Manchester City fan @quietriot1983 contests the relevance of seat-counters and those who judge fans on their noise levels. 

A quick peruse on Wikipedia tells you that the traditional football chant, whilst being “one of the last remaining sources of an oral folk song” is generally used to “encourage the home team or slight the opposition”. That sounds fair enough: you go to the stadium and play your part in helping your team win, somehow, someway. However, with the current criticism (particularly by the media) of support, certainly City’s support, I started to wonder why sections of fans believe that ‘good’ or ‘successful’ clubs have to have large, noisy attendees.

City were certainly guilty of inhabiting both ends of the spectrum recently. A top of the table, must-win ‘six pointer’ against Liverpool saw a white hot atmosphere help City to a win; this was closely followed by a cup semi-final attendance that drew criticism from all quarters.

“City try to claim their (sic) a big club, no other club in the league would fail to sell out a semi-final in any cup” wrote a Twitter user who plays computer games for a living. “Emptihad living up to its name” wrote another. All this despite the previous night’s match between Spurs and Chelsea attracting just 44,000 fans to Wembley. Perhaps it’s because I’m very City-centric, but I felt the amount of criticism was unwarranted, and it certainly seemed to be aimed solely at City fans, not at the game in general; not at the clubs for pricing and certainly not at TV companies for rearranging fixtures wantonly.

The night of the Burton game particularly – at least to any reasonable person who lacks any interest in point-scoring on Twitter – brought plenty of mitigating factors, namely a police incident on the M6 at Stoke close to rush hour closing the carriageway. Additionally City had two home games in the previous week and, without trying to sound disrespectful, this was a game that should prove to be a formality, as the 9-0 score line confirmed.

Still, fast forward another week, to City’s fourth home game in the first two weeks of January, and although the Etihad was close to full (and certainly sold out according to the ticket office), the atmosphere again was pretty flat. Expectation is often lauded as an excuse, with this all-conquering team before us, the fan base has been accused of sitting and waiting for the entertainment to flow, negating the need for support or encouragement. Of course there’s also the argument as to whether 11 players earning millions between them should need Dave from Beswick shouting encouragement at them in order to put in a decent performance.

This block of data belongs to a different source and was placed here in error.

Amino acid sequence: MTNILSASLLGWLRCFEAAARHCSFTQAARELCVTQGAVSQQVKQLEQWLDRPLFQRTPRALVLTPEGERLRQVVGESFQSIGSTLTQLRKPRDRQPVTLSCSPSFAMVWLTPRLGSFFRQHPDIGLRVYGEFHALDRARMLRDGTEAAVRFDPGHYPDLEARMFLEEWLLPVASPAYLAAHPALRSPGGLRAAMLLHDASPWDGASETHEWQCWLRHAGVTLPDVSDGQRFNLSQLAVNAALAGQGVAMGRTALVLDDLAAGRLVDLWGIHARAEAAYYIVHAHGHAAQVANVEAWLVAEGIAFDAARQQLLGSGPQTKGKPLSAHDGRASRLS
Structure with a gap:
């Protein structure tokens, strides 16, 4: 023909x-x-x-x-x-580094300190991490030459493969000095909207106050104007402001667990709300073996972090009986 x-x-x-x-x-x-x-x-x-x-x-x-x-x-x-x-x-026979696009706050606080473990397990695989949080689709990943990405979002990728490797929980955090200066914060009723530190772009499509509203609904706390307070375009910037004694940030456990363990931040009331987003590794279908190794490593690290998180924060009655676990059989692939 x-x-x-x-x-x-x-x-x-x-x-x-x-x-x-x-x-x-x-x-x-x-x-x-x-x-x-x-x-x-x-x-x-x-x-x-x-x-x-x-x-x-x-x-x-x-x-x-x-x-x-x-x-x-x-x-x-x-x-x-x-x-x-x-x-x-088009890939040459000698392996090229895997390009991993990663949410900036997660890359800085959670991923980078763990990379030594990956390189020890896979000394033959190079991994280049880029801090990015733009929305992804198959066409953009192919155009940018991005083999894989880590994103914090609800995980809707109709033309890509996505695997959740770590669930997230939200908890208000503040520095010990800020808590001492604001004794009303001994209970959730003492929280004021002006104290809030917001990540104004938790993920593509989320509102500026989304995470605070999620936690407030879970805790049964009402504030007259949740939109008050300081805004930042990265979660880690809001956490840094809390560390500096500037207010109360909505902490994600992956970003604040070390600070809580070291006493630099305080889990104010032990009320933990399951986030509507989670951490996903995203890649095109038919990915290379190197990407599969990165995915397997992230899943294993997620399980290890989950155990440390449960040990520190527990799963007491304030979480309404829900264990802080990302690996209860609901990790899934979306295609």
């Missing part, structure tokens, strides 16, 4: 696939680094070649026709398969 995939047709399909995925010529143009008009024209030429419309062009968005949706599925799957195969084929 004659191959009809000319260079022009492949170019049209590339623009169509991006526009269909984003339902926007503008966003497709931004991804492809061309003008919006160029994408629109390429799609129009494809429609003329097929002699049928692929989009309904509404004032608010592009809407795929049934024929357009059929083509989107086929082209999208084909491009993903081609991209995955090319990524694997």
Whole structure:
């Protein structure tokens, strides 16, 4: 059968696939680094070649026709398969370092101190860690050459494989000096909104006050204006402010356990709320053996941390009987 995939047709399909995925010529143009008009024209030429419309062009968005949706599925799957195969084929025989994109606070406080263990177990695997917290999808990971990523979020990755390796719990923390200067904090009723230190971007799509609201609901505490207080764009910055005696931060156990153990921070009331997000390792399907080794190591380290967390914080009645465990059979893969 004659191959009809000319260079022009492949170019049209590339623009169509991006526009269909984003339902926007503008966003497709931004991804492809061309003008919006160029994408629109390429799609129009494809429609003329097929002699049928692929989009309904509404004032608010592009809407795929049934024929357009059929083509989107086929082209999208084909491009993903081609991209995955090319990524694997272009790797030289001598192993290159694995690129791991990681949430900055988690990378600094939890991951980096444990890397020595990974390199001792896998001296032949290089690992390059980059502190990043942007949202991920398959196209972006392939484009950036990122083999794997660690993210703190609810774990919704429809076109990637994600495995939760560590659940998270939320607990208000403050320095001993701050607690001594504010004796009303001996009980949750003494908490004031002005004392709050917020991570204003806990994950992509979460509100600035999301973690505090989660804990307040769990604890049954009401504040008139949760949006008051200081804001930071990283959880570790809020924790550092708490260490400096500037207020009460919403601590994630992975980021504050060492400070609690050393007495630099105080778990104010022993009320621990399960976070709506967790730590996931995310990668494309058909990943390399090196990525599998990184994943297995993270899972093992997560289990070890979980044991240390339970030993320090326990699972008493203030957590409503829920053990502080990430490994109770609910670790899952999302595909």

I will be the first to hold my hands up and tell you that I don’t watch football. I only really watch City. Other teams annoy me, their players annoy me, their fans annoy me and the ‘experts’ wheeled out on Sky tv certainly annoy me. I am reliably informed though, that atmosphere, or lack of, is not a problem faced only by City, but rather in grounds up and down the country. The gentrification of the game, all seater stadia, corporate bods etc are all targeted as contributors for the lack of atmosphere, and at City, we’ve seen the rise and rise of corporate areas over the past few seasons, with more and more ‘tourist’ fans coming to the stadium as well.

For me, the biggest killer of atmosphere is the constant moving of fixtures. With very few 3pm fixtures comes the constant fear of making plans in case matches are moved. Night matches for those of us with jobs can end up being a real rush, and in those cases where fans live further afield, it’s easy to see why fans might choose to skip one or two. It is a problem that Premier League football has caused itself, all too happy to take the money, and therefore unwilling to resist fixture changes in any way.

Simon Curtis put it best on Twitter:



And of course, 1-0 up against 10 men is never going to ‘unleash the crowd’ like a local derby or a top of the table clash does.

Now at 35, I’ve become more of a grumpy old man, cynical in my views and opinions and perhaps less tolerant of fools. It’s this attitude which allows me to take a very specific stance on the whole matter of atmosphere and empty seats. Does it bloody matter? Does it really matter one bit if there are 100,000 or 100 fans attending a match? Does it matter if you’ve travelled four hours to get to the ground, or whether you’ve travelled from the kitchen to your living room? We all use football as an escape or a hobby, why can’t we just live and let live eh? I for one have got to the point where I could not care any less if I’m surrounded by other fans, or I was sat there on my own. I am lucky enough to be able to go to the Etihad to watch it live, but there are plenty who can’t, and plenty who choose not to. I honestly don’t think that has any impact on how good of a football team you are, and I certainly don’t think that the ordinary working class bloke should be lambasted or ridiculed for it.